Does ongoing reporting under SFDR apply to legacy funds? A key question that ESMA posed the Commission is whether Article 6 (disclosure of sustainability risks in pre-contractual disclosures), Article 7 (statements in relation to consideration of principal adverse impacts in pre-contractual disclosures), Article 10 (website disclosures) and Article 11 (periodic reports) of SFDR, apply to financial products (including managed account mandates), in each case for products (or mandates) that were no longer made available to investors or clients on 10 March 2021. In answering this May 2022 Update on SFDR Compliance 31 May 2022 2 question, the Commission confirmed, for such products, that the periodic reporting must comply with Article 11 of SFDR, and such products must also comply with the rules on information given on environmental or social characteristics and on sustainable investment objectives on websites in Article 10 of SFDR. The Commission’s principle here seems clear, which is that all existing products must deliver periodic reports with the contents required under SFDR, regardless of whether the product was marketed after 10 March 2021. However, on the basis that periodic reporting only applies to funds within scope of Article 8 or Article 9 of SFDR, it is unclear if a sponsor is required to determine that its closed funds are within scope of Article 8 or 9 of SFDR, and how the sponsor should make that determination, as the vast majority of funds which closed prior to 10 March 2021 have not provided pre-contractual disclosure information in accordance with Article 8 and 9 and have not made a determination to that effect. The application of the Commission’s response to non-EU managers that marketed their funds in the EU is also unclear. Industry practice may develop in this area.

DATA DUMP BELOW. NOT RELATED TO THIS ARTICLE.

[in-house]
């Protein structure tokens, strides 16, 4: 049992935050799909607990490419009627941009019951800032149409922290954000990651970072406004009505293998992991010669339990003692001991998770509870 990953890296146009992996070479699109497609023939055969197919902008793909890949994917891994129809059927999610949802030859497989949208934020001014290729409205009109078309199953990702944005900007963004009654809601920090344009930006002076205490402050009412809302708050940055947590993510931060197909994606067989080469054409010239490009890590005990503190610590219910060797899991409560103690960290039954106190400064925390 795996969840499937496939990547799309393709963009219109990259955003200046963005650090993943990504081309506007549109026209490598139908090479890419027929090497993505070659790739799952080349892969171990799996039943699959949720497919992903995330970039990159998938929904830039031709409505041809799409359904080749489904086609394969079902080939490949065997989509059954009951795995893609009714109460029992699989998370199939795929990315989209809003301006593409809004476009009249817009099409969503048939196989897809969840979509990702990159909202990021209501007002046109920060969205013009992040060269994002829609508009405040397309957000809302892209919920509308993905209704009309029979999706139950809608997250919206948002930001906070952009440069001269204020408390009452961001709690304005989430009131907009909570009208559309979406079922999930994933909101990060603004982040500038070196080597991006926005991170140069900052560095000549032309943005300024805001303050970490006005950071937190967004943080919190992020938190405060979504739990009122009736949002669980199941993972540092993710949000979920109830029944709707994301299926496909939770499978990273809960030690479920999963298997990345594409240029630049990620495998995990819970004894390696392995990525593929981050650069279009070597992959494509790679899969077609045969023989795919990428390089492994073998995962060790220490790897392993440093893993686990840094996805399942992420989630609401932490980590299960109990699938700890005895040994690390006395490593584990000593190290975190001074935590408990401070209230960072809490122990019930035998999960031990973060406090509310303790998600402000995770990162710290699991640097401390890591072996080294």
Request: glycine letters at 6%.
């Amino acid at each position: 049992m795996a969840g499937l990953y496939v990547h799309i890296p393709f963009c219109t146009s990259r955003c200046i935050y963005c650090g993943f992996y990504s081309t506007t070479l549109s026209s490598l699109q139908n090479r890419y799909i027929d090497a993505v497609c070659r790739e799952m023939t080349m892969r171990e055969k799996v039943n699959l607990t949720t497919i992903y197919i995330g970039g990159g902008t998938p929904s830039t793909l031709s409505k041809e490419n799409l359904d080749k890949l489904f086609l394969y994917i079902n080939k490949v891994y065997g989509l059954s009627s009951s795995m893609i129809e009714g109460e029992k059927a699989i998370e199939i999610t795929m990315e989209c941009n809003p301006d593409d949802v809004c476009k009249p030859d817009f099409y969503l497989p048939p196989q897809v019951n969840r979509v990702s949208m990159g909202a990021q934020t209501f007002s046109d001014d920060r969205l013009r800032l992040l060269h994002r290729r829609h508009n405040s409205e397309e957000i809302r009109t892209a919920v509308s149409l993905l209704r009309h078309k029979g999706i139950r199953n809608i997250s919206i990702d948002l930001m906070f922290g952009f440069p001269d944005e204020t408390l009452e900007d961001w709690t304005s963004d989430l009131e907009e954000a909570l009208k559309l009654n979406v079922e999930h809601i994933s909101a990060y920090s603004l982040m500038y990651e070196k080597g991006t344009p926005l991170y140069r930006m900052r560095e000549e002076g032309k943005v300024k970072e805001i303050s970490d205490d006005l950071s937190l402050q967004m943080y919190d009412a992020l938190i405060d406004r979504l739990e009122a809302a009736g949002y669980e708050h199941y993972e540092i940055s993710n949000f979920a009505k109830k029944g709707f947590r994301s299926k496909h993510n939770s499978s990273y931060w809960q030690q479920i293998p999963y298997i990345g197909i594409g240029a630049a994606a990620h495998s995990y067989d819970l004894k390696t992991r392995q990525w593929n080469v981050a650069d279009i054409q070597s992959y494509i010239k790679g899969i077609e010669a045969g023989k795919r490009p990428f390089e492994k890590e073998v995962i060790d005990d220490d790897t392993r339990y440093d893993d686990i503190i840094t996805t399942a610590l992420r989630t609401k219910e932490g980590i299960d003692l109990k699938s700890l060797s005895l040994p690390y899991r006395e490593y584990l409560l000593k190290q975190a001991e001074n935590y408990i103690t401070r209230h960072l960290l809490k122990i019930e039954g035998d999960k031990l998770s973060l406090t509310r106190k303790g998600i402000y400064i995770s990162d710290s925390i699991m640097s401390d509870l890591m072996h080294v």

What is the scope of the requirement in Articles 8 and 9 for funds to make investments which follow good governance practices? Funds within scope of Articles 8 and 9 of SFDR must demonstrate (among other conditions) that their investments follow “good governance” practices, indicating that firms that promote environmental or social characteristics must consider to some degree broader governance considerations. ESMA asked if a financial product in scope of Article 8 or 9 of SFDR does not invest in companies with good governance; whether it is able to continue to classify itself under Article 8 or 9 of SFDR. In response to this question, ESMA confirmed that, if an Article 8 or Article 9 fund does not invest in companies with good governance, the fund would be in breach of Article 8 or Article 9. The circumstance of a fund not investing in companies with good governance is not completely clear, and may well depend on how a firm has set out its policy to pursue good governance in its investments. ESMA also confirmed that the “good governance” condition only applies to investments in “companies”, and therefore does not apply to investments in government bonds. A fund of fund sponsor will need to develop a policy to promote “good governance” in its investments, and in practice we think the better view is that this is to be restricted to making initial and ongoing checks on the approach taken by the general partners responsible for managing the underlying investments.